Liquid chromatography and mass spectrometry parameters

The 20 min gradient program was composed as follows: 20% B isocratic elution for 14 min, followed by an increase from 20 to 90% B in 2 min before isocratic elution at 90% B for 4 min. The flow rate during the chromatographic separation was 800 nL/min. The injection volume was 10 μL. The SPE was equilibrated with 4 μL 0.1% FA in LC-MS grade water at a constant flow rate of 3 μL/min, while the separation column was equilibrated with 5 μL 0.1% FA in LC-MS grade water at a flow rate of 3 μL/min before each injection. When running dozens of plasma samples consecutively, the 90% B washing step may be prolonged, to e.g. avoid lipid build-up in the system (which can lead to distorted peak shapes). The MS was operated in positive MS-mode and selected reaction monitoring (SRM) mode was used. The spray voltage was set to 1.6 kV. The precursor ions for native oxytocin and IS were m/z 1007.475 and m/z 1012.475, respectively. For oxytocin the product ions were m/z 285.125 with 38 V collision energy (CE) and m/z 723.225 with 30 V CE. For IS the product ions were m/z 290.125 with 38 V CE and m/z 723.225 with 30 V CE. The precursor ions for reduced and alkylated (R/A) oxytocin and IS were m/z 1123.547 and m/z 1128.547, respectively. For R/A oxytocin the product ions were m/z 285.125 with 38 V CE and m/z 839.302 with 30 V CE. For R/A IS the product ions were m/z 290.125 with 38 V CE and m/z 839.302 with 30 V CE. The Q1 and Q3 resolutions were both set to 1.2 FWHM and the RF lens had a voltage of 185. A cycle time of 1 sec was used with 3 mTorr collision-induced dissociation (CID) gas. Argon was used as collision gas. In addition, 25 V source fragmentation energy was used together with 3 secs chrom filter.


Oxytocin ELISA kits were purchased from Arbor Assays and Cayman Chemical. 200 μL aliquots of pooled dog plasma were prepared using the R/A and PPT protocol described above. Samples were reconstituted in assay buffer, mixed together and the resulting pool was measured at six different dilutions ranging from 10–100% of the fully concentrated sample.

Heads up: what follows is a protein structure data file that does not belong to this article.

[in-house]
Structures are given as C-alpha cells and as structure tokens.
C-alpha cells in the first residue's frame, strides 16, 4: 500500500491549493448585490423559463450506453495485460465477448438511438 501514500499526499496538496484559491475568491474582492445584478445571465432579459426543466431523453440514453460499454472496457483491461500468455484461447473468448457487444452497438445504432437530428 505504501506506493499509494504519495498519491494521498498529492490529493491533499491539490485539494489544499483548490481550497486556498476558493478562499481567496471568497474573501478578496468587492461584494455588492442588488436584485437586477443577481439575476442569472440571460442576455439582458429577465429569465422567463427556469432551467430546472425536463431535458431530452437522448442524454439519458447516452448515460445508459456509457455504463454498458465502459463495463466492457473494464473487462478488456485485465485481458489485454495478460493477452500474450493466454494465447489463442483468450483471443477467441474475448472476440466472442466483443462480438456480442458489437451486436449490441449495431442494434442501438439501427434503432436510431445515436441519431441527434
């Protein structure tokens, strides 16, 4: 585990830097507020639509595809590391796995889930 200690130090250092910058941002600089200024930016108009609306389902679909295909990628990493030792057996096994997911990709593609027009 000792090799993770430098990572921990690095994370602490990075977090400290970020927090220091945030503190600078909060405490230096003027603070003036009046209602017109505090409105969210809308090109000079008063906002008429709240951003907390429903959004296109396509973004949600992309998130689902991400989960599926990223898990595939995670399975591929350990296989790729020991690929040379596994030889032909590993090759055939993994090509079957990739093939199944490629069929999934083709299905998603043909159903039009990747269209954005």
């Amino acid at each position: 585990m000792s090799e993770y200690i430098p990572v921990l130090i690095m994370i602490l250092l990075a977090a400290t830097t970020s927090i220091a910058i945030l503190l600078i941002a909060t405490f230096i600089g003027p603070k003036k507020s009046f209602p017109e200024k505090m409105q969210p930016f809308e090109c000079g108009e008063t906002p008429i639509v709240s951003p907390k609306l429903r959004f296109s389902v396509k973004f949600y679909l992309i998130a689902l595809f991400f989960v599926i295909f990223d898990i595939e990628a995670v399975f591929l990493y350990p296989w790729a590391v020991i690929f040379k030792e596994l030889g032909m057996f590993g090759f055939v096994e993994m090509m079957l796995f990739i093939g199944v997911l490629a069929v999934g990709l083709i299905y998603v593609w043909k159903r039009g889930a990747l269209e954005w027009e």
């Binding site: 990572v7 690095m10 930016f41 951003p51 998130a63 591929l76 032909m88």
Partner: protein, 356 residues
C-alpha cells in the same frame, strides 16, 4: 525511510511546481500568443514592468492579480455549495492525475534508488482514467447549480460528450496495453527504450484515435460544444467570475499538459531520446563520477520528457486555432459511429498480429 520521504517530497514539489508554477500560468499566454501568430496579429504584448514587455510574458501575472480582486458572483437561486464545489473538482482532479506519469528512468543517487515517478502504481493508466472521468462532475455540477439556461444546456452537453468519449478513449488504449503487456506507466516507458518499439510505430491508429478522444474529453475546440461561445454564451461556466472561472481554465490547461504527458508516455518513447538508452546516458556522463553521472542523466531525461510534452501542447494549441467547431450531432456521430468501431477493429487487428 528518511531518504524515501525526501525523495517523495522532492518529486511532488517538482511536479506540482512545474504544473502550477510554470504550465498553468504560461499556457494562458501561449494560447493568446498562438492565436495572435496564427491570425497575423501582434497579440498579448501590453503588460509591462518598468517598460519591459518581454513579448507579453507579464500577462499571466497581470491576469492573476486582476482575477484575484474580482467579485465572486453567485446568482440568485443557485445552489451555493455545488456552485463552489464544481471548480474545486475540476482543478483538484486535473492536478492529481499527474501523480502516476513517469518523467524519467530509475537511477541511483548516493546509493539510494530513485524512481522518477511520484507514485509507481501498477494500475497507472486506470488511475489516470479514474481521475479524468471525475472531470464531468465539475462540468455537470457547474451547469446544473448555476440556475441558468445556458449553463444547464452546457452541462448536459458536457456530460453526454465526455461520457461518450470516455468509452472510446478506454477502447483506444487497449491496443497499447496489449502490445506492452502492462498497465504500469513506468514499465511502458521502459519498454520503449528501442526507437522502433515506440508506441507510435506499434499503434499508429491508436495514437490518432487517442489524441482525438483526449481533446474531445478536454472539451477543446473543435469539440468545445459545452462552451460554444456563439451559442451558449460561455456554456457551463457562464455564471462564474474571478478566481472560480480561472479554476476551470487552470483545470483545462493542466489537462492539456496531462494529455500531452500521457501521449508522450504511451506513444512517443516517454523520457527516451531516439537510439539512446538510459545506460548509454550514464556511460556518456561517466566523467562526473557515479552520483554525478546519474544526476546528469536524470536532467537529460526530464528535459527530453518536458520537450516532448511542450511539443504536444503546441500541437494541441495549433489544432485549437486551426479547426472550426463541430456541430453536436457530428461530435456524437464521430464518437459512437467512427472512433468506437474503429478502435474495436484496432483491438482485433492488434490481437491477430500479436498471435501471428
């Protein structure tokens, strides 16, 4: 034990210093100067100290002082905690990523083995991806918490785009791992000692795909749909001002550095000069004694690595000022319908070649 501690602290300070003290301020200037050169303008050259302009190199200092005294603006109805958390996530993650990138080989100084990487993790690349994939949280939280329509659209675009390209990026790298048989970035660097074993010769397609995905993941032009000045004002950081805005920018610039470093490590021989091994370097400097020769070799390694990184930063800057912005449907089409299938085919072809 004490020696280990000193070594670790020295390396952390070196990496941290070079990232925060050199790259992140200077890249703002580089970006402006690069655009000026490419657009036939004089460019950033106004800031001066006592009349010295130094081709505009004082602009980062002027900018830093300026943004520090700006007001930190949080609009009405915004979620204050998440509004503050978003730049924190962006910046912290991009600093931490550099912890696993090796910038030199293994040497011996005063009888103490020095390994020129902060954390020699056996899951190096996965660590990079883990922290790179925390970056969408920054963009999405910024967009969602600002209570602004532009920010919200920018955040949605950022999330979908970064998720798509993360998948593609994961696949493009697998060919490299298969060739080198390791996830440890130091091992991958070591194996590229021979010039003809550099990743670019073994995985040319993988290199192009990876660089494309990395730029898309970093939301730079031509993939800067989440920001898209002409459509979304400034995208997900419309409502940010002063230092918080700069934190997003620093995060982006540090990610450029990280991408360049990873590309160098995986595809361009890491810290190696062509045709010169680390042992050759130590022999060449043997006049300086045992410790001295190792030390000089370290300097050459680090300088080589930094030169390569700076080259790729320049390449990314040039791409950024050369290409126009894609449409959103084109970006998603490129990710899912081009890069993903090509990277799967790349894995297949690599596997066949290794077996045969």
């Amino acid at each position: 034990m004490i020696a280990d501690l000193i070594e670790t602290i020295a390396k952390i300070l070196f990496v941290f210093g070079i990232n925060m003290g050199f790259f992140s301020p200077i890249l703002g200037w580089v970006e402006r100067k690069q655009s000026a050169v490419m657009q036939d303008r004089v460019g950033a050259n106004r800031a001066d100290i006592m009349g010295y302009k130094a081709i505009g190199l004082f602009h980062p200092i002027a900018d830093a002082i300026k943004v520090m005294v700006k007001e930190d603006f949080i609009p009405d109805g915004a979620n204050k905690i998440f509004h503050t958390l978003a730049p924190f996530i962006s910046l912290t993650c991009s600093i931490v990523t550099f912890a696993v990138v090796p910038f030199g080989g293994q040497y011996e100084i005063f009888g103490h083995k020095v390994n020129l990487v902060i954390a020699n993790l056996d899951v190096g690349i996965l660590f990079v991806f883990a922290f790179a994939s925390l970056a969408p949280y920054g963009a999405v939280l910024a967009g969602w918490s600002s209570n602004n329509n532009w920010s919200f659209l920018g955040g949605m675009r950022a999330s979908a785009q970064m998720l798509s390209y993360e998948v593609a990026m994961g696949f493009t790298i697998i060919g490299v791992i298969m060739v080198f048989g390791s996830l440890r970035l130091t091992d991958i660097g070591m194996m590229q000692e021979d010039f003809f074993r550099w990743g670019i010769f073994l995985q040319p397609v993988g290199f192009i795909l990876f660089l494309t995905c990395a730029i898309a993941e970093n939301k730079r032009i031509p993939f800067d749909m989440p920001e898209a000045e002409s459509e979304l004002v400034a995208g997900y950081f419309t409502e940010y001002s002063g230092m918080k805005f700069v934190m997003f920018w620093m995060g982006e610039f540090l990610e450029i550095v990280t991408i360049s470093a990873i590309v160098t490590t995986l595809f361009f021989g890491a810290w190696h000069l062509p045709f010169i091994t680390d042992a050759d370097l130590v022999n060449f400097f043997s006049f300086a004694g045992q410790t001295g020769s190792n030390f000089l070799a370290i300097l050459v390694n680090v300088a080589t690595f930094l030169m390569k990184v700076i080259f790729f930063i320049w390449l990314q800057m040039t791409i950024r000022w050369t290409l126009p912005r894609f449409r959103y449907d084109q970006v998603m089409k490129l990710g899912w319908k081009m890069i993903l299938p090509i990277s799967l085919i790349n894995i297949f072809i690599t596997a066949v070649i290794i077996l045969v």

To investigate the effect of the R/A procedure on detectable OT, 10 plasma samples were measured with both ELISA kits following solid phase extraction (SPE) or the R/A PPT protocol. SPE was performed using Oasis PRiME HLB cartridges (Waters Corporation, Milford, MA, USA) using a protocol previously validated in our laboratory. Samples were mixed 1:1 with 0.1% trifluoroacetic acid (TFA) and centrifuged at 14,000 RCF for 10 minutes. Cartridges were conditioned with 1 mL acetonitrile (HPLC grade), followed by 1 mL of 0.1% TFA before passing samples through the columns (gravity fed). Columns were then washed with 6 mL 0.1% TFA followed by OT elution with 95% acetonitrile, 0.1% TFA (v/v). Eluents were evaporated to dryness at 37 °C and then frozen at −20 °C until assayed, at which point samples were reconstituted in 250 μL assay-specific buffer. All samples were measured in duplicate.

Data analysis and interpretation

Data analysis and interpretation were done using Xcalibur software version 3.0 from Thermo Scientific.

Additional Information

How to cite this article: Brandtzaeg, O. K. et al. Proteomics tools reveal startlingly high amounts of oxytocin in plasma and serum. Sci. Rep. 6, 31693; doi: 10.1038/srep31693 (2016).


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This work has been performed within DIATECH@UiO, a strategic research initiative at the Faculty of Mathematics and Natural Sciences. ELM thanks the Stanton Foundation for financial support of the ELISA experiments. OKB and SRW were supported by the Molecular Life Science initiative of the University of Oslo (MLSuio). SL and KFS were supported by the Norwegian Research Council.

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O.K.B., H.R.-L., E.J., E.L.M. and L.R.G. performed experiments. O.K.B., H.R.-L., E.L. and S.R.W. developed the nanoLC-MS platform. O.K.B., K.F.S., E.L.M., S.L., E.L. and S.R.W. wrote the manuscript. O.K.B. and E.L.M. prepared the figures. All authors reviewed the manuscript.

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Brandtzaeg, O., Johnsen, E., Roberg-Larsen, H. et al. Proteomics tools reveal startlingly high amounts of oxytocin in plasma and serum. Sci Rep 6, 31693 (2016).